A method of automatically assigning a TCP/IP address to a client. A DHCP server is used to dole out a TCP/IP address from a pool of TCP/IP addresses to...
DHCP is a client-server protocol that is used for client computers (workstations) to request their IP configuration information from a central server.
is the underlying protocol for network administration giving the network manager complete control over the distribution of configuration information.
Provides a mechanism for allocating IP addresses dynamically, so that addresses automatically can be reused when hosts no longer need them.
IP address allocations scheme that uses BOOTP (Bootstrap Protocol) commands but leases the addresses to end-stations for fixed periods of time, thus allowing re-use.
The "Dynamic Host Configuration Protocol" automatically assigns static or dynamic IP addresses to clients. It also manages gateway settings for changing networks as well as DNS data.
A protocol that offers dynamic configuration of IP addresses and related information. DHCP provides safe, reliable, and simple TCP/IP network configuration, prevents address conflicts, and helps conserve the use of IP addresses through centralized management of address allocation. Defined in RFC 1541.
A superset of the Boot Protocol (BOOTP) which offers greater flexibility for IP address allocation. It provides the standard BOOTP-like method as well as automatic (long-term) or dynamic (short-term) allocation of IP addresses from a pool of available addresses.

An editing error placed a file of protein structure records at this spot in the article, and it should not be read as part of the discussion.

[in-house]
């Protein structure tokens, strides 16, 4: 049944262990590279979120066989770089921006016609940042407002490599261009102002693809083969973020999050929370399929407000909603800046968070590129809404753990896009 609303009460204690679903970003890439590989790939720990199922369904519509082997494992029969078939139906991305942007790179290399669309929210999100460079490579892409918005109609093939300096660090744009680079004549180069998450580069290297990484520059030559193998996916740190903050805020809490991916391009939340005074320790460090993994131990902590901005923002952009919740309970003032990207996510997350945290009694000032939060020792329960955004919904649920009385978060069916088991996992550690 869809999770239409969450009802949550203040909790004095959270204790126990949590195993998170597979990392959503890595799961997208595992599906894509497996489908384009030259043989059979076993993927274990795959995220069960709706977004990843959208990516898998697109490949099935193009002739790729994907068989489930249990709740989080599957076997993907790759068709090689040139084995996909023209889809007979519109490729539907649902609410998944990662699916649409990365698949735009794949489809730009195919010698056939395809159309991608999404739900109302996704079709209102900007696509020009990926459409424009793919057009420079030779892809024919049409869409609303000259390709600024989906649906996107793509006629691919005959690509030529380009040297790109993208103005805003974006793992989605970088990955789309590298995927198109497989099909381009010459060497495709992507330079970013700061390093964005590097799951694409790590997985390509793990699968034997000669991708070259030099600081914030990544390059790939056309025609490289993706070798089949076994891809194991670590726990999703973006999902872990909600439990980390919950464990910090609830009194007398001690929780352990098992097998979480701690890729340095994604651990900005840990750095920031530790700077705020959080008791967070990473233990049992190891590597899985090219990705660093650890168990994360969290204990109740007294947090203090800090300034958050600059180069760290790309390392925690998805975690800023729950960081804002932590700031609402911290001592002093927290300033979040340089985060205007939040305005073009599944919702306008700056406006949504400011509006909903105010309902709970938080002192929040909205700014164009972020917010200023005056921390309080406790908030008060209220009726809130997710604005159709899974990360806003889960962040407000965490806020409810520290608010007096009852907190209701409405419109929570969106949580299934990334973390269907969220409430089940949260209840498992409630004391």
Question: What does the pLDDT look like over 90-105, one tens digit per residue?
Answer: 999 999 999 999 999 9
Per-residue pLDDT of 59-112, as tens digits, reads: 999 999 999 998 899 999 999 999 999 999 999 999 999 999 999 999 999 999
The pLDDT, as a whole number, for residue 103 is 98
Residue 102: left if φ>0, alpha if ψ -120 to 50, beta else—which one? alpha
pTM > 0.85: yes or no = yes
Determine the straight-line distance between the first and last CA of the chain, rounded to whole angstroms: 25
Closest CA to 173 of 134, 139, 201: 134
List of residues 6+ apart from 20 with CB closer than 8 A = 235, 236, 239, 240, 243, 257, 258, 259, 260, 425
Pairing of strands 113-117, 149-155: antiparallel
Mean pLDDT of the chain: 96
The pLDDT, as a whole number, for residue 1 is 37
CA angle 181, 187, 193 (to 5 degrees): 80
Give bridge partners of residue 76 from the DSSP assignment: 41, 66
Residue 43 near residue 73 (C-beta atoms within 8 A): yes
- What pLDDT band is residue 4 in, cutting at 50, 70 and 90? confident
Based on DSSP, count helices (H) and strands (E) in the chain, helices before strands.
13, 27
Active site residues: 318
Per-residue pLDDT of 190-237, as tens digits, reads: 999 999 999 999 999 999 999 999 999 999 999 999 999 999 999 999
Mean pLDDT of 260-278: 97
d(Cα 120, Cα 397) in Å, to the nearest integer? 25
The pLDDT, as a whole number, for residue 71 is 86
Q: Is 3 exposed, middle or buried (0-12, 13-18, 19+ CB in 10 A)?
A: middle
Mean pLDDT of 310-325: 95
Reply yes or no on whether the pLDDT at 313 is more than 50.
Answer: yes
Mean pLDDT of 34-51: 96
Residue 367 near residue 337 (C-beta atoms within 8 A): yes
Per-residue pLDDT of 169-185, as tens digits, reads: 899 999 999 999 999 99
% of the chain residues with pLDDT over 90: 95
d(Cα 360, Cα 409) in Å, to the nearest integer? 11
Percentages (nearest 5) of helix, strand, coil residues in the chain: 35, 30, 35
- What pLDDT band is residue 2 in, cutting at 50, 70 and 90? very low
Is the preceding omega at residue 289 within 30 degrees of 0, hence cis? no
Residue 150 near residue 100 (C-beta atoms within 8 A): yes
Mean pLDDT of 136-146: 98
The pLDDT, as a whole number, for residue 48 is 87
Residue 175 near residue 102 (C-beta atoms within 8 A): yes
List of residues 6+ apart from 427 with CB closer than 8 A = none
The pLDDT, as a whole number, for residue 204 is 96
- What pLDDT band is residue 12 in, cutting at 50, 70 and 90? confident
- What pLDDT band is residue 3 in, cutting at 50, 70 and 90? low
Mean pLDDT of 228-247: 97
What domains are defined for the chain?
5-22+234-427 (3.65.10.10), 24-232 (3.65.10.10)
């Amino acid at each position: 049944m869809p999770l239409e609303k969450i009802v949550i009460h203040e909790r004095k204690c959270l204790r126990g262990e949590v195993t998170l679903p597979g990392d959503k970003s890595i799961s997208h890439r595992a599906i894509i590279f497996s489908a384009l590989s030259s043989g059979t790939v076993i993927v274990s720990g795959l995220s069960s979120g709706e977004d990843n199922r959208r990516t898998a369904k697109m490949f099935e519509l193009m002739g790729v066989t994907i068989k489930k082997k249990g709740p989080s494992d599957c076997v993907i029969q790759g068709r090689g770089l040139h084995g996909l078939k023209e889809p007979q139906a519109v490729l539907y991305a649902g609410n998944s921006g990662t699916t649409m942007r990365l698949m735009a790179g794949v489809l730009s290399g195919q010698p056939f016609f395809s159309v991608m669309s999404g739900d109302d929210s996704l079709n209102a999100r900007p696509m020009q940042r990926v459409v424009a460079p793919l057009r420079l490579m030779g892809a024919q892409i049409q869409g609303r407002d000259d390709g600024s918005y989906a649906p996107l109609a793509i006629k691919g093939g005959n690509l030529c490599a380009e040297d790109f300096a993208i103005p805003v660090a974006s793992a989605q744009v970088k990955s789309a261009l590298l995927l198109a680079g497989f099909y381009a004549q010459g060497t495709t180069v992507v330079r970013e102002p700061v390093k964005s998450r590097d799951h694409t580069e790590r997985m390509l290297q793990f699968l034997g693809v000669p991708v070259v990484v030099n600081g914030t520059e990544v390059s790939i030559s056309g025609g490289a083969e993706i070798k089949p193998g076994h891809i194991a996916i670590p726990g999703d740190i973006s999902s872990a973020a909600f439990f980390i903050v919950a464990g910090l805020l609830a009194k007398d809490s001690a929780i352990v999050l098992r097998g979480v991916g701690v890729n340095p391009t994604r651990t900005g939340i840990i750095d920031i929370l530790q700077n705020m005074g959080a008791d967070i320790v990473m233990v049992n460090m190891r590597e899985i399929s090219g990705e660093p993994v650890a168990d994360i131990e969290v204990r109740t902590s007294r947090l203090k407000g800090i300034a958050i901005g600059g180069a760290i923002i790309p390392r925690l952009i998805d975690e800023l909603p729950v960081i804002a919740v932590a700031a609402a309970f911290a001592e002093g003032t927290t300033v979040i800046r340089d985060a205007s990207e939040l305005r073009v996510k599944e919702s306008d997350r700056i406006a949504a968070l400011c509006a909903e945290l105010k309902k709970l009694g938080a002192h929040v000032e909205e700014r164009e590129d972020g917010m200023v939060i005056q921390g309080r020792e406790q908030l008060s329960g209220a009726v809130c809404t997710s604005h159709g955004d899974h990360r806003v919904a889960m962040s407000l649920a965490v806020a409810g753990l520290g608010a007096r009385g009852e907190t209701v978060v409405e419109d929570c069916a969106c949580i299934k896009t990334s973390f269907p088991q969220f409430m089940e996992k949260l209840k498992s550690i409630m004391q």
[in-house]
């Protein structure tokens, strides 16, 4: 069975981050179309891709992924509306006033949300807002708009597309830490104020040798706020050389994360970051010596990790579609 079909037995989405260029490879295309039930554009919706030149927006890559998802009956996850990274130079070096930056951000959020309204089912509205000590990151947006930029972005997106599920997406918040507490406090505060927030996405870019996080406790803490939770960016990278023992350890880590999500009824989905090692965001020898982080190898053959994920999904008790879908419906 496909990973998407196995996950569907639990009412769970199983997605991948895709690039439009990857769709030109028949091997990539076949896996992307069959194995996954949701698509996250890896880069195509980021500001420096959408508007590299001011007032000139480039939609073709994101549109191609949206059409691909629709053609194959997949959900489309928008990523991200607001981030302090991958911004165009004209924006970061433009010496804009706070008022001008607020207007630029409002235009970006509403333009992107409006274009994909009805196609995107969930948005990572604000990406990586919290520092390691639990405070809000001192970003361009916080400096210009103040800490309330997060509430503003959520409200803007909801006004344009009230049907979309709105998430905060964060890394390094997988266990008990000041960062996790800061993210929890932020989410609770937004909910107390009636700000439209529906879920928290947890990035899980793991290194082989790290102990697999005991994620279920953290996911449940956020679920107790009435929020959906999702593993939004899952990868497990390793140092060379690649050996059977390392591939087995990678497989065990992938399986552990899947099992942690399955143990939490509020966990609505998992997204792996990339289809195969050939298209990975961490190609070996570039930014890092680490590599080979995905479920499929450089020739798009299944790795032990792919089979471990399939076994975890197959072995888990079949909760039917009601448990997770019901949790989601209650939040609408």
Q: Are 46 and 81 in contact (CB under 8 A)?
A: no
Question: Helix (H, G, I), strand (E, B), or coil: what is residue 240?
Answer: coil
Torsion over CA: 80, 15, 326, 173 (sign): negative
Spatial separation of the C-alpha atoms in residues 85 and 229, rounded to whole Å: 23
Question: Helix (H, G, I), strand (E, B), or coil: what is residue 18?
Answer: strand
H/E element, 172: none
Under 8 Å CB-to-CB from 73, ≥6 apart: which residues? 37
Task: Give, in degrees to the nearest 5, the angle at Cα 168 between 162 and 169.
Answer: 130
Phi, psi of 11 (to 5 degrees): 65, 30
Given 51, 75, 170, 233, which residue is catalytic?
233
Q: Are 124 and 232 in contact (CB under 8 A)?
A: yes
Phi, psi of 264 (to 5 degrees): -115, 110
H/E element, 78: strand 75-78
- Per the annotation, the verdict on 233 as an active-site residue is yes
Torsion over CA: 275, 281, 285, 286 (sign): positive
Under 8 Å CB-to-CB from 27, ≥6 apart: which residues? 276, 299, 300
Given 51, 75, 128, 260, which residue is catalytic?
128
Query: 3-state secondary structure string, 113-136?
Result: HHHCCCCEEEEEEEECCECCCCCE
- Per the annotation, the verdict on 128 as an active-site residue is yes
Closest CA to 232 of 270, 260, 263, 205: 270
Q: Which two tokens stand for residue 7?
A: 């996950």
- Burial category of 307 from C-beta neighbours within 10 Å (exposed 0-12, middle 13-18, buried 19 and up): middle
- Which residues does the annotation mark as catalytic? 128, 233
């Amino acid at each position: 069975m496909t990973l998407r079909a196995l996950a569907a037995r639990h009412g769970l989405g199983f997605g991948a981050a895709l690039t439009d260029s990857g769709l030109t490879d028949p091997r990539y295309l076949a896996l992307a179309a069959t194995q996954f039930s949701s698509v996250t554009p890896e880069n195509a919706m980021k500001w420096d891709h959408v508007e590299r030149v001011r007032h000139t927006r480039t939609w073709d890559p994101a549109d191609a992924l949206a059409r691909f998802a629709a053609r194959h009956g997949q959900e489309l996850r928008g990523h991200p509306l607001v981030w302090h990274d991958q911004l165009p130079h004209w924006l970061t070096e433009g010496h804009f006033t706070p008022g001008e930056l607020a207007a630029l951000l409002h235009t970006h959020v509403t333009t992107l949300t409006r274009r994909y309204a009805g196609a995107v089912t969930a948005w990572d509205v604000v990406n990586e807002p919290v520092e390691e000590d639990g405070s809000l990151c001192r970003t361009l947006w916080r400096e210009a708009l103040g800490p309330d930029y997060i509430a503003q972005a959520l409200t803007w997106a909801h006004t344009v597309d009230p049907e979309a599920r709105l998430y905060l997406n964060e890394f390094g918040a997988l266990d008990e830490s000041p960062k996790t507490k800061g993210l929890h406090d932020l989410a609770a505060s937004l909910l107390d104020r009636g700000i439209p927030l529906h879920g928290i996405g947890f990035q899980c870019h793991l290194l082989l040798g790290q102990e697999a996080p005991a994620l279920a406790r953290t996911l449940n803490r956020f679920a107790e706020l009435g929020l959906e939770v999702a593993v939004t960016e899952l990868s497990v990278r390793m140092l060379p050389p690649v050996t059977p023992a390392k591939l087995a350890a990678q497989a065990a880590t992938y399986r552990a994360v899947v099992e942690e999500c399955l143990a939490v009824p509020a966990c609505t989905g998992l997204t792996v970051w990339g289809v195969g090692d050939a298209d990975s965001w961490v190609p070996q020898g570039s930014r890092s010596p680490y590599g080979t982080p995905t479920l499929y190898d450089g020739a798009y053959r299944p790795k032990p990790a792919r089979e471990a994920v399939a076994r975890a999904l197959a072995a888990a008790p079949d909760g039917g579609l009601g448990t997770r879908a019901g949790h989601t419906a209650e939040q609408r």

A communications protocol that automatically assigns a computer dynamic configuration of IP addresses and TCP/IP network configuration information when the computer logs on to a network. DHCP therefore enables a network administrator to manage and distribute IP addresses from a central location on a network. See TCP/IP.
An industry-standard protocol that assigns Internet Protocol (IP) addresses to computers for temporary connected use on an IP network. encryption A way of making data indecipherable while it is being sent from computer to computer. file-name extension mapping Connecting all files with a certain file name extension to a program. For example, through the Windows NT Explorer, all .txt files are associated by default with Notepad. In Internet Explorer, you can associate file name extensions with applications by use of the Helpers dialog box. To display this dialog box, from the View Menu, choose Helpers.
is a communications protocol that lets network administrators manage centrally and automate the assignment of Internet Protocol (IP) addresses in an organization's network. Each machine that can connect to the Internet needs a unique IP address. When an organization sets up its computer users with a connection to the network, an IP address must be assigned to each machine manually without DHCP. With DHCP, the IP addresses may be assigned to each computer automatically. DHCP lets a network administrator supervise and distribute IP addresses from a central point.